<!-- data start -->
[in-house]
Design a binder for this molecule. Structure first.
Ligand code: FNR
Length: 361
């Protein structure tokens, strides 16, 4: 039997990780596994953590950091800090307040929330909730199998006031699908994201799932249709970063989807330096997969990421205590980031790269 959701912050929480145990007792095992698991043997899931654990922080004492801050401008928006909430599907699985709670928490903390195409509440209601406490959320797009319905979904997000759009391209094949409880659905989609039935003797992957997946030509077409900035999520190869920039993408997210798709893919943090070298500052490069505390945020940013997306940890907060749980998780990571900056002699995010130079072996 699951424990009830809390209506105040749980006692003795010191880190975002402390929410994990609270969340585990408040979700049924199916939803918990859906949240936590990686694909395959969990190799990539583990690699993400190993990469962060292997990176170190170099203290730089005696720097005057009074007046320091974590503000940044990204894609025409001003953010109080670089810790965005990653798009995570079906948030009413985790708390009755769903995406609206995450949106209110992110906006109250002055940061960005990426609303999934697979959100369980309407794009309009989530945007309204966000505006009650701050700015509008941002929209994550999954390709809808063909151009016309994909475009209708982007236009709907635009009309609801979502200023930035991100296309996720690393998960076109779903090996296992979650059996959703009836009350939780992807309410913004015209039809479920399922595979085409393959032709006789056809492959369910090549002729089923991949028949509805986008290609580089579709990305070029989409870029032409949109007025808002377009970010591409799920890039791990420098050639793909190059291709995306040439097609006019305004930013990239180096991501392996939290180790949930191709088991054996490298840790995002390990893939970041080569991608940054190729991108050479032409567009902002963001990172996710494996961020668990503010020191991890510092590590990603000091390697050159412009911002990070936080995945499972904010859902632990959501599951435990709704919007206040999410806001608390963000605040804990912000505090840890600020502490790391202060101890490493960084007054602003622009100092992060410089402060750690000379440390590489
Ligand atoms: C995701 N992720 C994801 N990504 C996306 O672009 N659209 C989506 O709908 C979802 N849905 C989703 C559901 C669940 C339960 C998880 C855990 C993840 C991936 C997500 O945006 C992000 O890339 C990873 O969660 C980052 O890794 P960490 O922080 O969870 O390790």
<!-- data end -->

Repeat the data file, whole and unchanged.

[in-house]
Design a binder for this molecule. Structure first.
Ligand code: FNR
Length: 361
């Protein structure tokens, strides 16, 4: 039997990780596994953590950091800090307040929330909730199998006031699908994201799932249709970063989807330096997969990421205590980031790269 959701912050929480145990007792095992698991043997899931654990922080004492801050401008928006909430599907699985709670928490903390195409509440209601406490959320797009319905979904997000759009391209094949409880659905989609039935003797992957997946030509077409900035999520190869920039993408997210798709893919943090070298500052490069505390945020940013997306940890907060749980998780990571900056002699995010130079072996 699951424990009830809390209506105040749980006692003795010191880190975002402390929410994990609270969340585990408040979700049924199916939803918990859906949240936590990686694909395959969990190799990539583990690699993400190993990469962060292997990176170190170099203290730089005696720097005057009074007046320091974590503000940044990204894609025409001003953010109080670089810790965005990653798009995570079906948030009413985790708390009755769903995406609206995450949106209110992110906006109250002055940061960005990426609303999934697979959100369980309407794009309009989530945007309204966000505006009650701050700015509008941002929209994550999954390709809808063909151009016309994909475009209708982007236009709907635009009309609801979502200023930035991100296309996720690393998960076109779903090996296992979650059996959703009836009350939780992807309410913004015209039809479920399922595979085409393959032709006789056809492959369910090549002729089923991949028949509805986008290609580089579709990305070029989409870029032409949109007025808002377009970010591409799920890039791990420098050639793909190059291709995306040439097609006019305004930013990239180096991501392996939290180790949930191709088991054996490298840790995002390990893939970041080569991608940054190729991108050479032409567009902002963001990172996710494996961020668990503010020191991890510092590590990603000091390697050159412009911002990070936080995945499972904010859902632990959501599951435990709704919007206040999410806001608390963000605040804990912000505090840890600020502490790391202060101890490493960084007054602003622009100092992060410089402060750690000379440390590489
Ligand atoms: C995701 N992720 C994801 N990504 C996306 O672009 N659209 C989506 O709908 C979802 N849905 C989703 C559901 C669940 C339960 C998880 C855990 C993840 C991936 C997500 O945006 C992000 O890339 C990873 O969660 C980052 O890794 P960490 O922080 O969870 O390790």